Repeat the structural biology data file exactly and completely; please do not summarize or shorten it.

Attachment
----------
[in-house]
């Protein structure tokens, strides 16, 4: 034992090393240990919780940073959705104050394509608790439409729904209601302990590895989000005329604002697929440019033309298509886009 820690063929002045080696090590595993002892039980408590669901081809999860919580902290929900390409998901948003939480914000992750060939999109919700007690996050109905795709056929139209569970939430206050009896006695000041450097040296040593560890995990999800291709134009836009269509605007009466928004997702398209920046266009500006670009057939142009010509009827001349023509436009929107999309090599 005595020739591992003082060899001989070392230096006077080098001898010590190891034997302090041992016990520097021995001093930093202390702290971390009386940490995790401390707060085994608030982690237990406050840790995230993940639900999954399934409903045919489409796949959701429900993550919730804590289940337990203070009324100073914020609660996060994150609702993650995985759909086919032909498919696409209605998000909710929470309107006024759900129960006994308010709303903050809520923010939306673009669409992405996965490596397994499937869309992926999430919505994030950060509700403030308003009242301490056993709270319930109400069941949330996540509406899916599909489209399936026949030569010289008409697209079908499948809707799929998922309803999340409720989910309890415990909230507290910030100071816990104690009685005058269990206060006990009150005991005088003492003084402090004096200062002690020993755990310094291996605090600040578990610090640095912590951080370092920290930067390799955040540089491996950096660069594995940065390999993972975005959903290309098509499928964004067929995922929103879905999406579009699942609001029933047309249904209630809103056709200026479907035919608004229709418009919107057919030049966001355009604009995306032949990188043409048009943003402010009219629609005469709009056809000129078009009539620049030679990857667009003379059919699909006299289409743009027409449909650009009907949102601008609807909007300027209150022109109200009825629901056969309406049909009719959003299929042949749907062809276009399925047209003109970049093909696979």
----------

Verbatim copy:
[in-house]
């Protein structure tokens, strides 16, 4: 034992090393240990919780940073959705104050394509608790439409729904209601302990590895989000005329604002697929440019033309298509886009 820690063929002045080696090590595993002892039980408590669901081809999860919580902290929900390409998901948003939480914000992750060939999109919700007690996050109905795709056929139209569970939430206050009896006695000041450097040296040593560890995990999800291709134009836009269509605007009466928004997702398209920046266009500006670009057939142009010509009827001349023509436009929107999309090599 005595020739591992003082060899001989070392230096006077080098001898010590190891034997302090041992016990520097021995001093930093202390702290971390009386940490995790401390707060085994608030982690237990406050840790995230993940639900999954399934409903045919489409796949959701429900993550919730804590289940337990203070009324100073914020609660996060994150609702993650995985759909086919032909498919696409209605998000909710929470309107006024759900129960006994308010709303903050809520923010939306673009669409992405996965490596397994499937869309992926999430919505994030950060509700403030308003009242301490056993709270319930109400069941949330996540509406899916599909489209399936026949030569010289008409697209079908499948809707799929998922309803999340409720989910309890415990909230507290910030100071816990104690009685005058269990206060006990009150005991005088003492003084402090004096200062002690020993755990310094291996605090600040578990610090640095912590951080370092920290930067390799955040540089491996950096660069594995940065390999993972975005959903290309098509499928964004067929995922929103879905999406579009699942609001029933047309249904209630809103056709200026479907035919608004229709418009919107057919030049966001355009604009995306032949990188043409048009943003402010009219629609005469709009056809000129078009009539620049030679990857667009003379059919699909006299289409743009027409449909650009009907949102601008609807909007300027209150022109109200009825629901056969309406049909009719959003299929042949749907062809276009399925047209003109970049093909696979």